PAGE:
Along the way, there was a major change in the NVMC concept. In 2003, the board decided that instead of a community center and space for nonprofits, there would be an intergenerational center composed of a preschool and a day care for adults with Alzheimer’s and other conditions. The children and elders would share mutually beneficial activities.
Led by the NVMC’s first executive director, Barbara Watanabe, the planners saw that financial and demographic situations had changed and that more community centers had been built in Central Maui over the years. Rent from the preschool and adult day care could help pay for operating and maintenance costs of the center, and the intergenerational program would address an element of the NVMC bylaws: to recognize the young and elderly “as our greatest resource and to provide for them as a necessity.”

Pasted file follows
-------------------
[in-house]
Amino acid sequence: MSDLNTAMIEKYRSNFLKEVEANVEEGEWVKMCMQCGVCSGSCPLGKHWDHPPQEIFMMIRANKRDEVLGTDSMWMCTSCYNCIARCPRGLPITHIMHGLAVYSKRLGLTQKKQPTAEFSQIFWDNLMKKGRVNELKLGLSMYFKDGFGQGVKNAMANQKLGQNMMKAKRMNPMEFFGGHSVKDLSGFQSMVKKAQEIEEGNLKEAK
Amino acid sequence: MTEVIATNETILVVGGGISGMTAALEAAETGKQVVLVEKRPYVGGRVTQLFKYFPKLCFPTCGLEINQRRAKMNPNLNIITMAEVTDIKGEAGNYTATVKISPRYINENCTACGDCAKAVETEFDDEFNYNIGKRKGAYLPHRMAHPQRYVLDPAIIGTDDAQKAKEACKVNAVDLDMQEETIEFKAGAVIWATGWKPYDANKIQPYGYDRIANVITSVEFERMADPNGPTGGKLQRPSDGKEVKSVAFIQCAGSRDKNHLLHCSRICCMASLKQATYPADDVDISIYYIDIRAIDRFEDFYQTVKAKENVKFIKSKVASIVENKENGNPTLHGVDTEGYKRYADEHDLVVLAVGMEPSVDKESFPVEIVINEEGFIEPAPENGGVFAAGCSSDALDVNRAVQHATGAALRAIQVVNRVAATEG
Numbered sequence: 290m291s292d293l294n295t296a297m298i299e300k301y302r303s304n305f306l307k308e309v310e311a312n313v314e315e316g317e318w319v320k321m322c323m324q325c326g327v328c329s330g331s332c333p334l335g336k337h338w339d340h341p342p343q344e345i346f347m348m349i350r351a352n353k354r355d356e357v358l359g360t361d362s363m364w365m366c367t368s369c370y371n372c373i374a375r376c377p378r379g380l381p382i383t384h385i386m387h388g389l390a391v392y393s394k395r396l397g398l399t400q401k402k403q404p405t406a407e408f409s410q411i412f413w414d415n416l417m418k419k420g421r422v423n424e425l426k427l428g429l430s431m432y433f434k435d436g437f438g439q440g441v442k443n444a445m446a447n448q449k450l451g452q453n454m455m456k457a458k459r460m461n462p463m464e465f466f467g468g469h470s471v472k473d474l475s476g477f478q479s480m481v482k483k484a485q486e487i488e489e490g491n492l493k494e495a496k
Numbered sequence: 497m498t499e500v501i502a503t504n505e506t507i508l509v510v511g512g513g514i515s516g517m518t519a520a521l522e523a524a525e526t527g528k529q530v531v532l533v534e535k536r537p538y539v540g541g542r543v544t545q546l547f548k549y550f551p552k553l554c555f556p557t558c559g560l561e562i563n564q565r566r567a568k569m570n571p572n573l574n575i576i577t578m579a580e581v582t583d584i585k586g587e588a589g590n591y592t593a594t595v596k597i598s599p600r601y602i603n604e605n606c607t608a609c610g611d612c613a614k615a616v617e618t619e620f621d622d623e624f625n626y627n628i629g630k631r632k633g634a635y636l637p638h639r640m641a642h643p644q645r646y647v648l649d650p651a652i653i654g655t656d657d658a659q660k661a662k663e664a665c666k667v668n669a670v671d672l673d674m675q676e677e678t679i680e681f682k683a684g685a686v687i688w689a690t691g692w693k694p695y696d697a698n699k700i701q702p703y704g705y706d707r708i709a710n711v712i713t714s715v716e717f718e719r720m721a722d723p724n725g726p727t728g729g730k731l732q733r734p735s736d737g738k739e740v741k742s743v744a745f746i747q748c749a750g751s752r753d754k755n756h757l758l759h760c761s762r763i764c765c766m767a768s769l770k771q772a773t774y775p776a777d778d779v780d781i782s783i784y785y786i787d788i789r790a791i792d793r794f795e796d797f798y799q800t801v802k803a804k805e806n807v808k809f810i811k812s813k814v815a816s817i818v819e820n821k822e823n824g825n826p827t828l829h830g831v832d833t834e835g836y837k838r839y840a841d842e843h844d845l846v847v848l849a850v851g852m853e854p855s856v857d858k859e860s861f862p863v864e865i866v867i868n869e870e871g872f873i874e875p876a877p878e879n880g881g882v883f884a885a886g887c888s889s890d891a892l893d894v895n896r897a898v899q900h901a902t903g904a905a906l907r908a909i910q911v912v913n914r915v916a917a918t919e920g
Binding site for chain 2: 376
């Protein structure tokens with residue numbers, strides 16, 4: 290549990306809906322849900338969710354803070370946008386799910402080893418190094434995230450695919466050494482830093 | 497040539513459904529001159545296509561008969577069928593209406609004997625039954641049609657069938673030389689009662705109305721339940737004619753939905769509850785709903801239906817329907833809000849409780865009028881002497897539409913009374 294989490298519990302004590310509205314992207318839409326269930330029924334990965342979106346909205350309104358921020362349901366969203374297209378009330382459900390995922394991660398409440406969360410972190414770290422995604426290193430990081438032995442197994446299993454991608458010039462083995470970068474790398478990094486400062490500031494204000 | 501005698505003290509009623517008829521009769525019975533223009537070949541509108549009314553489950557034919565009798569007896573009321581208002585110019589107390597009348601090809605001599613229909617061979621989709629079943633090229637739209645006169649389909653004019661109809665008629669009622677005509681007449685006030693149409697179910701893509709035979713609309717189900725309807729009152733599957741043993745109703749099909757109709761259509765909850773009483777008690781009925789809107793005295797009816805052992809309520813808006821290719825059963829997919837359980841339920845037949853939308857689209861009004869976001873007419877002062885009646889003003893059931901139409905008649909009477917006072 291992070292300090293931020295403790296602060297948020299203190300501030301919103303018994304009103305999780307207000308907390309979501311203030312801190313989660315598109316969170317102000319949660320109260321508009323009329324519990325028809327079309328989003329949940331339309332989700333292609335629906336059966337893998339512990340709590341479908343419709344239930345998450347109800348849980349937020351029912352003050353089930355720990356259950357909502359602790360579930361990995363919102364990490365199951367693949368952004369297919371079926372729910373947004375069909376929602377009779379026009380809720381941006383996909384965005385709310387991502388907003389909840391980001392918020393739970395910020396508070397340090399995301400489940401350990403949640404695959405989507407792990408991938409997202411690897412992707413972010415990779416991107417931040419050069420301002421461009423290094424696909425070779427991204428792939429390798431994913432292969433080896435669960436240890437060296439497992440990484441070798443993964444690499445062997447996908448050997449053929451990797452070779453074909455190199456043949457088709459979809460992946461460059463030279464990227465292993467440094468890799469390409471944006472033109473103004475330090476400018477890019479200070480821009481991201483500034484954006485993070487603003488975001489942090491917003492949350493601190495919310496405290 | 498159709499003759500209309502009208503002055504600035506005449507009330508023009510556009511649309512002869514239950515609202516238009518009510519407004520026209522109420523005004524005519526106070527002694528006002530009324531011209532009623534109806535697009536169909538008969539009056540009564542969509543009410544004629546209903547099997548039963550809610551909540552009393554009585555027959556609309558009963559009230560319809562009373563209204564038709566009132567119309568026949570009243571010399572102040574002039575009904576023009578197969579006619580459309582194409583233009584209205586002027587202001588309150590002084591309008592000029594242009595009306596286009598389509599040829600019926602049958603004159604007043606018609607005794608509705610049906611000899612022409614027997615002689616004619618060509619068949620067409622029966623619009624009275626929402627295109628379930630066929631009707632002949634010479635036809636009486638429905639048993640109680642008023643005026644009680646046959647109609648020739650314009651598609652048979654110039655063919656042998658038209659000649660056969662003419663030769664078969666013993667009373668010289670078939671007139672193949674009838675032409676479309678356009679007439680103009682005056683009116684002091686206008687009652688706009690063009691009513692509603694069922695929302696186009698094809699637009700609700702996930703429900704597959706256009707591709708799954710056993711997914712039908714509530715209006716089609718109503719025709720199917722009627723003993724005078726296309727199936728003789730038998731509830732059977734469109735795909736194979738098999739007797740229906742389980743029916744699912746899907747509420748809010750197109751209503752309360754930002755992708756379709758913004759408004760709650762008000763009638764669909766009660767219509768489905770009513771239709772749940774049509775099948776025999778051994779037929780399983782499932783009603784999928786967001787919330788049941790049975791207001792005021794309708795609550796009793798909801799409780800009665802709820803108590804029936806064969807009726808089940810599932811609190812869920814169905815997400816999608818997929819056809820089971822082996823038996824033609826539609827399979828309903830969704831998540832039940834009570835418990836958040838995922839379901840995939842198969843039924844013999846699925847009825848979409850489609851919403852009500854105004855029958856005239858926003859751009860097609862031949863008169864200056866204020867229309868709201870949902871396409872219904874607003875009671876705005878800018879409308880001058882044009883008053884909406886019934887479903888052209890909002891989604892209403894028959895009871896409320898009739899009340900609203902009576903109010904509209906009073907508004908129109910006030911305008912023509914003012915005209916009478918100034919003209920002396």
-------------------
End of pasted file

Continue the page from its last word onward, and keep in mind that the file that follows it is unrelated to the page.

Oka bought into the change, but insisted that the historical preservation component — what would become the Education Center — remain intact.
He also was adamant about a cultural issue.
Over the years, several native Hawaiian burial and cultural sites had been unearthed. Building and property plans had to be changed, costing time and money. But Oka believes it was the only path to take.
“We have been through a lot with the Maui Läna‘i Island Burial Council, but I think that all parties benefited by this mutual understanding of each other’s desire to honor and respect each other’s history and culture. I still feel strongly that the NVMC could not step on another person’s culture trying to preserve our own.”
THE TIME WAS RIGHT
The NVMC was completed more than 30 years after the first Sons and Daughters meeting. The final piece was the Education Center, which Oka calls the NVMC’s “cornerstone.” It opened in April 2013.
The completion is part of the reason Oka decided it was time to resign from the NVMC board.